Explosive Charges over Malaysia Death

Asia Sentinel Correspondent
Thursday, 20 August 2009
ImageAnonymous letter sets off a wave of accusations about an opposition aide’s alleged suicide

Hishamuddin Hashim, a top Malaysian Anti-Corruption Commission official, allegedly conspired with Mohammad Khir Toyo, a leading United Malays National Organization politician, to start corruption probes into opposition politicians, according to an explosive unsigned letter sent to officials looking into the death of a young opposition political aide who died under mysterious circumstances on July 16.

There is no way to ascertain if the letter is authentic. However, with authorities conducting a probe into its origin, it seems certain to stir up a considerable outcry among pro and anti-government forces, with UMNO officials charging it was faked by the opposition to stir up fury at the ruling national coalition.

The five-page letter, typed in Malay language on anti-corruption commission stationery, was handed to Gobind Singh Deo, a lawyer holding a watching brief for the family of the dead man, Teoh Beng Hock, outside the courtroom where an inquest is being held into Teoh’s death. It was also sent to top members of the Pakatan Rakyat coalition including opposition leader Anwar Ibrahim. Gobind handed the letter over to the Coroner’s Court, which directed police to conduct an investigation into its contents.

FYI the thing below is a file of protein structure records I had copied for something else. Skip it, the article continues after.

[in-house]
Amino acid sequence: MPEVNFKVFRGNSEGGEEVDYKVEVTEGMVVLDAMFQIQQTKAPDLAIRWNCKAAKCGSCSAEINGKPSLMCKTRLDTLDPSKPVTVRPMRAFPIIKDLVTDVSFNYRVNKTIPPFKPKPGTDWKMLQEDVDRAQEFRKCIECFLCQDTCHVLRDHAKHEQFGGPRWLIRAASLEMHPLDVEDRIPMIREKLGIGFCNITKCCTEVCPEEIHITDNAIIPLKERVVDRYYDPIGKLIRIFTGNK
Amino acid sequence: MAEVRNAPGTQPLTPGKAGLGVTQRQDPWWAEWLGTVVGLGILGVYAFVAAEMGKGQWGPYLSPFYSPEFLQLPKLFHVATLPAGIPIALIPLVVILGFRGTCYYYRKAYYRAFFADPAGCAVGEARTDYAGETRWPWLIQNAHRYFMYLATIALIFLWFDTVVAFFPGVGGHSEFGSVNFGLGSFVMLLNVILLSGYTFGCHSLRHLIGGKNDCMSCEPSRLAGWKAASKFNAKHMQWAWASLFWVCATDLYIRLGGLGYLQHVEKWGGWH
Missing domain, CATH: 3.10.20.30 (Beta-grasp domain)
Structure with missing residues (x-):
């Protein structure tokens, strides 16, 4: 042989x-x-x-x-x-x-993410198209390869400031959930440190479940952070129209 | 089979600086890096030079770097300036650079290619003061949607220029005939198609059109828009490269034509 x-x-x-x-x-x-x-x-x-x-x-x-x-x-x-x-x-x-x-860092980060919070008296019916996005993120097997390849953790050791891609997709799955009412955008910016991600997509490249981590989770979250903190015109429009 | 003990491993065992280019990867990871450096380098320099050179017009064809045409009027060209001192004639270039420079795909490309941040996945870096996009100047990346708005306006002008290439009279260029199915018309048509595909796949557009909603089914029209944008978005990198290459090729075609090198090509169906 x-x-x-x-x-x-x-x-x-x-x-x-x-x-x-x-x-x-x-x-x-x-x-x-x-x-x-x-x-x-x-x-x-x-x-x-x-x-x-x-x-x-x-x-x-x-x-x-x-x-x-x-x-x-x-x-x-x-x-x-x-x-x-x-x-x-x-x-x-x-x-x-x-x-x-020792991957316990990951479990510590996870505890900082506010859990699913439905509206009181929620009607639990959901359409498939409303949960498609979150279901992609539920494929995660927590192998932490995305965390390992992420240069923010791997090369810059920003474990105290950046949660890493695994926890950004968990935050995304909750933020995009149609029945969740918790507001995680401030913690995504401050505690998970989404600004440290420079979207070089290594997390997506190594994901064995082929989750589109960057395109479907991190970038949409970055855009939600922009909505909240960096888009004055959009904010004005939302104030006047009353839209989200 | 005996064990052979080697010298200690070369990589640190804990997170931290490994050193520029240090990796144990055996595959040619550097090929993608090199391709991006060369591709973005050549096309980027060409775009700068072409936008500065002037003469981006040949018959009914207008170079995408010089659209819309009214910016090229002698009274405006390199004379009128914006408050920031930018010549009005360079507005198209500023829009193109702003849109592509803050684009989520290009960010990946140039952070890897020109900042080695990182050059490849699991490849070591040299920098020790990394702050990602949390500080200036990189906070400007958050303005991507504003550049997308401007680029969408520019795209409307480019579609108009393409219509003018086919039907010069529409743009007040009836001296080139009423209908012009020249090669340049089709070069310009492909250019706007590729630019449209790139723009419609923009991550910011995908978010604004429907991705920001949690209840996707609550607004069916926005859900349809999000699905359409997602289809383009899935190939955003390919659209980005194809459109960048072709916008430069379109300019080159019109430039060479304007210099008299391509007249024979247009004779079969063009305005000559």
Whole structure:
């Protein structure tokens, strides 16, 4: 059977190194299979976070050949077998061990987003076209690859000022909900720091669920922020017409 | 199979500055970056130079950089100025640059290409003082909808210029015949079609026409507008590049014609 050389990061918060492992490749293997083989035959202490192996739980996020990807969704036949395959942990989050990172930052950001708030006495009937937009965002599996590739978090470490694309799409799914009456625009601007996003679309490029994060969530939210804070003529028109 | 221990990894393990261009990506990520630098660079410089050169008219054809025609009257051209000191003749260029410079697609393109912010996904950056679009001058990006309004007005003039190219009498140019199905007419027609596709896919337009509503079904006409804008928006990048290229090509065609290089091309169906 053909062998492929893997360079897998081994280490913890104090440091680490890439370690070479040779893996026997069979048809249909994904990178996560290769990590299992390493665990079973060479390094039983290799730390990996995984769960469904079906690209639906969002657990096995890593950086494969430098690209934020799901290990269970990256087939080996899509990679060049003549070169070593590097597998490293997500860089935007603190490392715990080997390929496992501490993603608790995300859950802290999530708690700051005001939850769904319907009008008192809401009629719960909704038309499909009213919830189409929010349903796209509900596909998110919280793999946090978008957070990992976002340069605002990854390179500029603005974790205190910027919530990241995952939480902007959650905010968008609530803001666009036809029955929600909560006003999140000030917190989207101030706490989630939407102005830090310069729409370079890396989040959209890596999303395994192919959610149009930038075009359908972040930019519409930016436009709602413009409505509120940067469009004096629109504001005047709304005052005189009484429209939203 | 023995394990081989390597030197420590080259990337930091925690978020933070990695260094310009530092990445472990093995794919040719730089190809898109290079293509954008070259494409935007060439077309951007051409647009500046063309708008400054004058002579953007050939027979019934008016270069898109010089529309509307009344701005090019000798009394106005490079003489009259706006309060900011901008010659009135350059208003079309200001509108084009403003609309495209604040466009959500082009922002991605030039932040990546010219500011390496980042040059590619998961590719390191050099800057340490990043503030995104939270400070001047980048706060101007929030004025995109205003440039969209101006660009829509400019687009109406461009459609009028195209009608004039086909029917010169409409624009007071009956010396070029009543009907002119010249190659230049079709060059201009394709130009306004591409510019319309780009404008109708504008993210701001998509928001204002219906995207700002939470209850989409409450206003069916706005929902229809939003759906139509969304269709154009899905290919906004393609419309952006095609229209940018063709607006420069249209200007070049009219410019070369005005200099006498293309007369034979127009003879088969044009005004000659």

Although Corner Azmil Muntapha Abas told lawyers not to reveal any information about the letter’s contents, it has since found its way into a wide variety of Internet publications in Kuala Lumpur. Among other features, it alleges widespread, long-time continuing corruption on the part of Hishamuddin, the MACC’s deputy director in the Selangor office, partly in covering up illegal activities by Khir Toyo.

Teoh was said to have driven himself into the inquiry, police said, adding that he had volunteered to appear for questioning. He was found dead on the fifth-floor rooftop of a building adjacent to the MACC offices after being questioned on the 14th floor from 5 pm on the 15th until 3:45 am the next morning. It would be bizarre indeed, or an act of stunning stupidity, for anti-corruption officials to throw the subject of an investigation off their own building.

The letter doesn’t say how Teoh died or if Hishamuddin was involved in the death. But it does raise several controversial points, including an allegation that Hishamuddin didn’t clock out from work when he left the MACC office the night of Teoh’s death and that he didn’t provide DNA samples, as other MACC officers did. Hishamuddin, the letter-writer said, gave a sample privately at some later time.